3. Providing developmentally, culturally, and linguistically appropriate books at health supervision visits for all high-risk, low-income children and identifying mechanisms to obtain these books so that this does not become a financial burden for pediatric practices.

  4. Using a robust spectrum of options to support and promote these efforts, including wall posters and parent information materials that are culturally competent and accessible to those with limited literacy skills themselves, as well as information about the locations of and services offered by their local public libraries and mechanisms for accessing books for distribution. The AAP provides a literacy toolkit (available at www2.aap.org/literacy/index.cfm) for pediatric and educational professionals and for parents to support this work.

  5. Partnering with other child advocates to influence national messaging and policies that support and promote these key early shared-reading experiences.

In addition, as described in the AAP technical report “School Readiness,” pediatric providers can also promote the “5 Rs” of early education:

  1. Reading together as a daily fun family activity;

  2. Rhyming, playing, talking, singing, and cuddling together throughout the day;

  3. Routines and regular times for meals, play, and sleeping, which help children know what they can expect and what is expected from them;

  4. Rewards for everyday successes, particularly for effort toward worthwhile goals such as helping, realizing that praise from those closest to a child is a very potent reward; and

  5. Relationships that are reciprocal, nurturing, purposeful, and enduring, which are the foundation of a healthy early brain and child development.3 

  1. The AAP supports incorporation of literacy promotion and training related to language and literacy development into pediatric resident education. The integration of literacy promotion as a key component of primary care should be taught in resident continuity experiences and evaluated as an element of competency-based pediatric medical education.

  2. The AAP supports federal and state funding for children’s books to be provided at pediatric health supervision visits for children at high risk as well as the incorporation of funding for children’s books in managed care and government insurance programs for children at high risk.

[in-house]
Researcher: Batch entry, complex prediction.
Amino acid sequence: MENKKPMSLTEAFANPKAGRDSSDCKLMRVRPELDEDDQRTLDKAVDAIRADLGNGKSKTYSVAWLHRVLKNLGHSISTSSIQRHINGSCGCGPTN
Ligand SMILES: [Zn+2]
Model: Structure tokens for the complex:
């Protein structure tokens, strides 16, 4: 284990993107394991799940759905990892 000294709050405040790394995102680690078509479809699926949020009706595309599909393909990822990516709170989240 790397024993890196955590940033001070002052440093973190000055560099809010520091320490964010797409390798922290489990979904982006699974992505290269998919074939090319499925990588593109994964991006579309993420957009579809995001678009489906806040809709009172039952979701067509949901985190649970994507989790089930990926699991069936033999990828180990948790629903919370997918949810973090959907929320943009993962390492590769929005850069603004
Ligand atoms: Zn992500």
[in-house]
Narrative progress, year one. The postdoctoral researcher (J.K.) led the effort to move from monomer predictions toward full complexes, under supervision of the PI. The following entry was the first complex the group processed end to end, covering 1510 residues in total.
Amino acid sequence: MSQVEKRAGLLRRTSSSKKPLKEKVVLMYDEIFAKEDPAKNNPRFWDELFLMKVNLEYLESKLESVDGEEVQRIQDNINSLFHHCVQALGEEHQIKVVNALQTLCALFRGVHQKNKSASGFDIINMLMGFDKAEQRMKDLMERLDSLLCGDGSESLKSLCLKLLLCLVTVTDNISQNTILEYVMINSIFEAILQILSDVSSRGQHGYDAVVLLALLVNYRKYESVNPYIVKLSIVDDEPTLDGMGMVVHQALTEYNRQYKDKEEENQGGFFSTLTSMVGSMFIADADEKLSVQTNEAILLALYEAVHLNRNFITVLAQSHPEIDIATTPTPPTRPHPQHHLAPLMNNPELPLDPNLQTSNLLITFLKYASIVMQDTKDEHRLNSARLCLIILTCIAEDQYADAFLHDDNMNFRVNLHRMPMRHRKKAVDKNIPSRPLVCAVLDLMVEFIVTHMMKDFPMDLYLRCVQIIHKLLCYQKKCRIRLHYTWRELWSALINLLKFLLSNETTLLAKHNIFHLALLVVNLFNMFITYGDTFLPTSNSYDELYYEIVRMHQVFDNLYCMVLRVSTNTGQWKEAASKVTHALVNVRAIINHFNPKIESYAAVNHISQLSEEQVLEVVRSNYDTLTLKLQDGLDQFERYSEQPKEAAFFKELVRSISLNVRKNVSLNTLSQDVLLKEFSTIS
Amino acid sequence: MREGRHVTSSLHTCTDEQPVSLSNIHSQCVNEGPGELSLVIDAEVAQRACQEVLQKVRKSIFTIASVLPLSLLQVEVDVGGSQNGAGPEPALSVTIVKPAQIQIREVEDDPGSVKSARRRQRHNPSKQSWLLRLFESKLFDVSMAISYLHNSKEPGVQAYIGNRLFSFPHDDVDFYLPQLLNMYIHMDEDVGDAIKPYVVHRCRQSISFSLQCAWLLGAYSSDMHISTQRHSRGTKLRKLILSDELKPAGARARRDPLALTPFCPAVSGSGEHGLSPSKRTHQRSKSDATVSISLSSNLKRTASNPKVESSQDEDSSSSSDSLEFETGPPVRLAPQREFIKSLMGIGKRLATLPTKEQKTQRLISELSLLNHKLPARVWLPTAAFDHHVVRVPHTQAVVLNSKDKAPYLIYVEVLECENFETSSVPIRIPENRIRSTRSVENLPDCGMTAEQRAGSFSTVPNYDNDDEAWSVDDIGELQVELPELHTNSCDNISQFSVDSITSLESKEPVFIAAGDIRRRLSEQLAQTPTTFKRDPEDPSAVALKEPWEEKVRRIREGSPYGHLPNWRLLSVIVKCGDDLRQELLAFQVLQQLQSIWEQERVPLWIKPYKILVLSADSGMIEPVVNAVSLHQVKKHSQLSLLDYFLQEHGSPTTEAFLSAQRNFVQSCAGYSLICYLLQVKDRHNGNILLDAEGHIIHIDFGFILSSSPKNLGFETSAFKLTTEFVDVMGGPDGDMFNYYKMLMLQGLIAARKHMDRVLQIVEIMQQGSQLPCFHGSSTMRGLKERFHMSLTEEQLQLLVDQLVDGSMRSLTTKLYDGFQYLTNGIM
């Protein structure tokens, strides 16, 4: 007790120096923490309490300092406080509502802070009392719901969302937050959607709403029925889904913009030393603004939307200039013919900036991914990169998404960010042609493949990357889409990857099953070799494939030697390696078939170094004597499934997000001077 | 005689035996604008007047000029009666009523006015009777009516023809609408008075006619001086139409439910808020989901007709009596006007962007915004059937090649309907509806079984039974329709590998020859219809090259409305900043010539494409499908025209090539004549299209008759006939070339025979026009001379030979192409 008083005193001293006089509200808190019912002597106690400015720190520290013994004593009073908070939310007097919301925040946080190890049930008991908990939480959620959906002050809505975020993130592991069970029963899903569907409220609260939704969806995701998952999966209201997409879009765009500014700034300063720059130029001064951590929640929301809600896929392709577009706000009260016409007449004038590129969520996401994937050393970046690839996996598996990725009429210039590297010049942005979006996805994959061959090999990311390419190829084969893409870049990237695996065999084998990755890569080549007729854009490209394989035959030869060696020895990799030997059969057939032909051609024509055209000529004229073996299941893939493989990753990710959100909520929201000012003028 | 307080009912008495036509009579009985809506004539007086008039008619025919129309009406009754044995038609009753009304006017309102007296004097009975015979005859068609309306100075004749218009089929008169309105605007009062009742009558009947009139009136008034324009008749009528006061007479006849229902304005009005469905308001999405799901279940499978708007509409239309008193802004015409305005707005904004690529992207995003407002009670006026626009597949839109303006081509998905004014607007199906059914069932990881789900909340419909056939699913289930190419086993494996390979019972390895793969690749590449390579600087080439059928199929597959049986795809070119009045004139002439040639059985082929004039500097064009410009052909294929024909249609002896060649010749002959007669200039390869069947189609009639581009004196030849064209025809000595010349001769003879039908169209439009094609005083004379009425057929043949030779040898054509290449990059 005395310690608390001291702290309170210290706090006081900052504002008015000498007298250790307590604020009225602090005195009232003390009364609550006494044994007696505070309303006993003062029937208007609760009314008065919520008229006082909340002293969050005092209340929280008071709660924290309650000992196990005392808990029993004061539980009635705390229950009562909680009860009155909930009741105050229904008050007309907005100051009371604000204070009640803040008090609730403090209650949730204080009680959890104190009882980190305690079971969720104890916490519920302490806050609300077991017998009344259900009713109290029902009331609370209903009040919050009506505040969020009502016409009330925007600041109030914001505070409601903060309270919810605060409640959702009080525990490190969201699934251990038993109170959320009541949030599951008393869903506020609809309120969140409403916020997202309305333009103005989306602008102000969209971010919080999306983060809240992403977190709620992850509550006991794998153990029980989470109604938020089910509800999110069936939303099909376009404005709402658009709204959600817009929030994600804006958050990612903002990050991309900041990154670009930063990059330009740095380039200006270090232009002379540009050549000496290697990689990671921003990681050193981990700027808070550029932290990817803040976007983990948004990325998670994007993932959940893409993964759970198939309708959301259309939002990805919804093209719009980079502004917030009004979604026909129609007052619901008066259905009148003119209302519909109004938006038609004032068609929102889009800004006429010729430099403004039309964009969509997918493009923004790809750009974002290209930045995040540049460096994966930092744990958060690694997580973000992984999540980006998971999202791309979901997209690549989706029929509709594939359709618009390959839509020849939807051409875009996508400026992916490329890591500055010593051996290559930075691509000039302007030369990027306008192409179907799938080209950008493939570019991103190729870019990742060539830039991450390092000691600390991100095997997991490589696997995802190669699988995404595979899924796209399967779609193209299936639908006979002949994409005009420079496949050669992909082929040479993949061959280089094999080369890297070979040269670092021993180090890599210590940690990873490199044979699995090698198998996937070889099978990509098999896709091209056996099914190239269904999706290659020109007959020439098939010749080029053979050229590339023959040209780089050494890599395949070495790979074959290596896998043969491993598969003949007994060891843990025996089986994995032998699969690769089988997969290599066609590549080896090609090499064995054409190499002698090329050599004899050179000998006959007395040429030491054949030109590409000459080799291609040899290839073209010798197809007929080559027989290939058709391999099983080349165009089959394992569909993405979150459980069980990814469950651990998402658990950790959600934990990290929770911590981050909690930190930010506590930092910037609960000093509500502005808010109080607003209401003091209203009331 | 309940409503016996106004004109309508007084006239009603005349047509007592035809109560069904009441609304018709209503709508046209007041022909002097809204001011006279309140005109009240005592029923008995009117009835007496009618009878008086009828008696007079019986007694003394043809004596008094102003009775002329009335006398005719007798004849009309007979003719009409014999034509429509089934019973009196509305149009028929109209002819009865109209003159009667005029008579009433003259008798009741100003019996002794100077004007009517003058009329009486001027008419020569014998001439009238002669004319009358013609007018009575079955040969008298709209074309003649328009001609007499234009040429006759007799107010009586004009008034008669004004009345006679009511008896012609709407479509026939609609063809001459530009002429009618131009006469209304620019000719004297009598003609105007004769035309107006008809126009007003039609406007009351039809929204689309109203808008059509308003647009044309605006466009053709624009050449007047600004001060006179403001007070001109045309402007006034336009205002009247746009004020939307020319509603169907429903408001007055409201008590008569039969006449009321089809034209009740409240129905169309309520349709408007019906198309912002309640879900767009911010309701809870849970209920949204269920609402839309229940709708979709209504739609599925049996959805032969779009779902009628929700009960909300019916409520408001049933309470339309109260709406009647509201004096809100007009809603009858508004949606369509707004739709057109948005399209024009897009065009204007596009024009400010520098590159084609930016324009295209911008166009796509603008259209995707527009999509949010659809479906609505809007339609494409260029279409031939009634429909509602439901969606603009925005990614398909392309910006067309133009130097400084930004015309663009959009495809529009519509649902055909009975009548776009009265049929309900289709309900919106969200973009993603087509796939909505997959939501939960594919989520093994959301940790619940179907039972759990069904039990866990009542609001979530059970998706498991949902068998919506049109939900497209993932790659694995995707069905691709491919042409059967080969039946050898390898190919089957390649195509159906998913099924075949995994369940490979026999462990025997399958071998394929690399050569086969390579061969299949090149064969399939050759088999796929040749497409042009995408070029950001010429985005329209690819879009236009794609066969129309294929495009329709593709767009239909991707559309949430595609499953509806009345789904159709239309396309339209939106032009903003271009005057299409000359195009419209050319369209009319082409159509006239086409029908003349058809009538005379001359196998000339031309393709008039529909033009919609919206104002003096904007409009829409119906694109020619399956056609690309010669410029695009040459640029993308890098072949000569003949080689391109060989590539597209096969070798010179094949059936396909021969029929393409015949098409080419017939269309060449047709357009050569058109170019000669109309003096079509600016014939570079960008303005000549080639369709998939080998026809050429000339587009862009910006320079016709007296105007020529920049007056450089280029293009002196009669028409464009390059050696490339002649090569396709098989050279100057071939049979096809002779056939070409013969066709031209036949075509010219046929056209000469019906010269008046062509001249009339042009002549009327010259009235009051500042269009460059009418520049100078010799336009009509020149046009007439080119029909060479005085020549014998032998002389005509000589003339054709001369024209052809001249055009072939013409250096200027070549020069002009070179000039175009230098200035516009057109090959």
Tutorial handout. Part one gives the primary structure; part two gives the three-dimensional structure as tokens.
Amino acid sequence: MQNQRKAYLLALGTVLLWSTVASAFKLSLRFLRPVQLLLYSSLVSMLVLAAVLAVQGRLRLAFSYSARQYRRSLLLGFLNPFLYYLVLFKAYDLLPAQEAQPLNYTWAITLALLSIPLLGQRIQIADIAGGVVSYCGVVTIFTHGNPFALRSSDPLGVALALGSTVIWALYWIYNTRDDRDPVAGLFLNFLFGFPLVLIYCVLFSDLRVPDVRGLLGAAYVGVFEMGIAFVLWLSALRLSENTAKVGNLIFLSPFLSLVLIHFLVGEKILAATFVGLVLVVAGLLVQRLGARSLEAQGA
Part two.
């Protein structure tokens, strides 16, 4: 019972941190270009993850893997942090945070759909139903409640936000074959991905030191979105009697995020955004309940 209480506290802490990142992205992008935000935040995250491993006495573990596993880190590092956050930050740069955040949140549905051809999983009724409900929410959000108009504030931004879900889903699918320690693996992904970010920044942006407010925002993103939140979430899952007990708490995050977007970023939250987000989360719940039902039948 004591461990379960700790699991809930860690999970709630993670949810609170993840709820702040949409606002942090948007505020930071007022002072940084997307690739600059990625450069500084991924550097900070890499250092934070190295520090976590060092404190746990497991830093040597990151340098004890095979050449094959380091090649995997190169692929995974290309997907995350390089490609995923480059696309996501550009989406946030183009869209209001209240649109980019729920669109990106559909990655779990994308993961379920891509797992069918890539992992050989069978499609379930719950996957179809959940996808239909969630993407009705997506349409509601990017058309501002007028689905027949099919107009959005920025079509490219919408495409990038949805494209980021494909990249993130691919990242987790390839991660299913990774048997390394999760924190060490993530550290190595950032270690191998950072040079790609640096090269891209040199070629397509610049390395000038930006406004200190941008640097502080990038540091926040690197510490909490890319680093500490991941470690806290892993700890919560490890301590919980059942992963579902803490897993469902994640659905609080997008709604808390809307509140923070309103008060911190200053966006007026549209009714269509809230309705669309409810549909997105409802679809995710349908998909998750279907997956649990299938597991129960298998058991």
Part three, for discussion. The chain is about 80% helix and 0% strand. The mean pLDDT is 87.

3. The AAP supports research on the effects of pediatric early literacy promotion on child health and educational outcomes and research on best practices for literacy promotion in the context of both pediatric practice and of residency education.

Providing books at pediatric primary care visits to families at economic and social risk, together with developmentally appropriate anticipatory guidance encouraging parents to read aloud with their children, has a powerful effect on the home environment of young children. It directly affects language development, a major factor in school readiness, during the critical period of early brain development. The costs of these books, of training primary care providers, and of incorporating these strategies into the primary care visit constitute an investment in infants, toddlers, and preschool children directed at their language, literacy, social-emotional, and life course development. As Professor James Heckman argued in his keynote address at the 2007 AAP National Conference and Exhibition, programs that invest in children at the earliest ages have the highest rates of return. By initiating early support for reading aloud, modifying the home environment to be richer in print, and advising parents about enjoyable and playful book-related strategies that will increase their children’s language and early literacy skills within the context of their critically important nurturing relationships with their parents and caregivers, pediatric providers can leverage their unique opportunity to influence children in the very early years of life and to create important long-term relationships with families.